BY JAKE COYLE
The backstage farce “Birdman” topped the 21st annual Screen Actors Guild Awards, winning best ensemble cast, even though its star, Micheal Keaton, was upset by Eddie Redmayne in the most outstanding actor category.
Oscar favorites Julianne Moore, Patricia Arquette and J.K. Simmons cemented their front-runner status in a ceremony that often serves as a kind of preview to the Academy Awards.
Redmayne, who stars as Stephen Hawking in “The Theory of Everything,” was the somewhat surprising winner in a category expected to go to Keaton for his career-capping performance as a Hollywood has-been trying to mount a comeback on Broadway. Redmayne dedicated his award — “this very wonderful skinny man” — to sufferers and victims of ALS.
Moore, widely considered the best-actress favorite, won most supporting actress for “Still Alice,” in which she plays an academic with early onset Alzehimer’s Disease.
Accepting the award for most outstanding supporting actor for his performance as a domineering jazz teacher in “Whiplash,” Simmons thanked all 49 actors who appear in the drama.
“All of us actors are supporting actors,” said Simmons, a veteran character actor. “Each of us is essential, completely crucial to the story because if there’s one false moment, the train comes off the rails.”
“Boyhood” star Patricia Arquette added the latest in a string of awards Sunday, taking the supporting actress honor for her performance, filmed over the course of 12 years.
“I can’t tell you what this means to me,” said Arquette. “I’m a fourth-generation actor. My family has been committed to acting for over a century, through feast or famine.”
Sunday’s show kicked things off with a pair of wins for the Netflix prison series “Orange Is the New Black,” honoring it as best ensemble in a comedy and naming Uza Abuda most outstanding actress in a comedy series. Abuda won over a number of veteran stars, including Julia Louis-Dreyfus (“Veep”) and Edie Falco (“Nurse Jackie”).
Best ensemble cast in a drama series went to “Downton Abbey,” the second time the series has won the category.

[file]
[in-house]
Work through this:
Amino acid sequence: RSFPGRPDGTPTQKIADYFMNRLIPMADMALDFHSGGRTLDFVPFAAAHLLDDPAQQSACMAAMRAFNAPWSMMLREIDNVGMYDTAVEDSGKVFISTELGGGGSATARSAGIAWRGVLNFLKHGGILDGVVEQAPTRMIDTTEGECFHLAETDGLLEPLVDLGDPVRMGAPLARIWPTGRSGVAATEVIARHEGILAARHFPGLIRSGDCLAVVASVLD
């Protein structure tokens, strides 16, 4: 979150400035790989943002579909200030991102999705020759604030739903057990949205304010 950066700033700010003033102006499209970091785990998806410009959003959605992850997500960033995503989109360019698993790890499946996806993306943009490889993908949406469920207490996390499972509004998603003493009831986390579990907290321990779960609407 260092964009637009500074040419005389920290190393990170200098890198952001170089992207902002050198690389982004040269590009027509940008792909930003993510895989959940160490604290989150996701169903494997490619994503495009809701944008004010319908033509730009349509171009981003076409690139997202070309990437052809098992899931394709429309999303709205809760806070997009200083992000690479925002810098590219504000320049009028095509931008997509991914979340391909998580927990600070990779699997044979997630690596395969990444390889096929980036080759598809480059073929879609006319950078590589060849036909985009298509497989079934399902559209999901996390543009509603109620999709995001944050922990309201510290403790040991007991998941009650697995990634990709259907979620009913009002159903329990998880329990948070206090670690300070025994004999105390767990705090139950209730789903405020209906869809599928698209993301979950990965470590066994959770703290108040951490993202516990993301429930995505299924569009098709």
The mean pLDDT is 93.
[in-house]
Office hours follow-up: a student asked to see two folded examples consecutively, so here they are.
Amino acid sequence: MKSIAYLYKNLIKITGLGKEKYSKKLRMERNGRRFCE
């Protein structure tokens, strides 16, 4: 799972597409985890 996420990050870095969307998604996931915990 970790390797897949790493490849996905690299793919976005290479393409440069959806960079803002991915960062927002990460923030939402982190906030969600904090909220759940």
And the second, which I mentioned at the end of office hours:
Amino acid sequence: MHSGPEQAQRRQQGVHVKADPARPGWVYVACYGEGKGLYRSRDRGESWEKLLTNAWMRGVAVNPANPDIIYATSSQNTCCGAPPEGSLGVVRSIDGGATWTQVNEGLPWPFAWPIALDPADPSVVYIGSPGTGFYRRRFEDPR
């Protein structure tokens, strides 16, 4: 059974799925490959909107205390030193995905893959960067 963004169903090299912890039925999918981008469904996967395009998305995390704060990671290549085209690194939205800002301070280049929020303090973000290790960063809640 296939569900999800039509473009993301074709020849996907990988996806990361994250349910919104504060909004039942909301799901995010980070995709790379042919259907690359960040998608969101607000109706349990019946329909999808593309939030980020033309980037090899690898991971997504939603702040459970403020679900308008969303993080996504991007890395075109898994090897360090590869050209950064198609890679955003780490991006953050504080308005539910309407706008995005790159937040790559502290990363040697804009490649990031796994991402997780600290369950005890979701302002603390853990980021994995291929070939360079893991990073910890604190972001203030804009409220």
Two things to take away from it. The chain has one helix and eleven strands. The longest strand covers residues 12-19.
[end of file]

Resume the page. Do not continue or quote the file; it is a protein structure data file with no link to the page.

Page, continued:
On Saturday night, Alejandro Gonzalez Inarritu’s “Birdman” took the top award from the Producers Guild Awards, suggesting it may be formidable competition to the perceived front-runner, Richard Linklater’s “Boyhood.” The last seven PGA winners have also won best picture at the Academy Awards.
Because actors make up the largest portion of the Academy of Motion Pictures Arts and Sciences, the SAG Awards are also considered one of the most telling Oscar previews. Individually acting winners usually mirror each other exactly, or very nearly. Last year, the top four winners — Matthew McConaughey, Cate Blanchett, Lupita Nyong’o, Jared Leto — went on to win Academy Awards after first scooping up SAG awards.
The predictive powers of the SAGs have been more checkered in matching its top award with eventual best-picture Oscar winners. In the last six years, SAG best-ensemble and Academy Award best-picture winners have lined up three times (“Argo,” “The King’s Speech” and “Slumdog Millionaire”), while diverging just as often. Last year, the actors chose “American Hustle” over eventual Oscar winner “12 Years a Slave”; in 2011, they picked “The Help” over “The Artist”; and in 2009, “Inglourious Basterds” defeated “The Hurt Locker.”
Two actors who usually reside on the big screen won the SAG awards for performances in a miniseries or TV movie: Mark Ruffalo (for HBO’s “A Normal Heart”) and Frances McDormand (for HBO’s “Olive Kitteredge”). Kevin Spacey (“House of Cards”), William H. Macy (“Shameless”) and Viola Davis (“How to Get Away With Murder”) also collected awards.
Davis thanked the producers of the legal dram “for thinking that a sexualized, messy, mysterious woman could be a 49-year-old, dark-skinned African American woman who looks like me.”
Debbie Reynolds, the “Singin’ in the Rain” star, was honored with the SAG lifetime achievement award, which her daughter, Carrie Fisher, presented. The 82-year-old Reynolds embarrassed Fisher with a story, recalling that her bun in the famous musical led her to warn her daughter ahead of playing Princess Leia in “Star Wars.”
“I said, ‘Well, Carrie, be careful of any weird hairdos,’ ” said Reynolds. “So luckily George gave her two buns.”
She also remembered 1964’s “The Unsinkable Molly Brown.”
“In that movie I got to sing a wonderful song, ‘I Ain’t Down Yet,’,” said Reynolds. “Well, I ain’t.”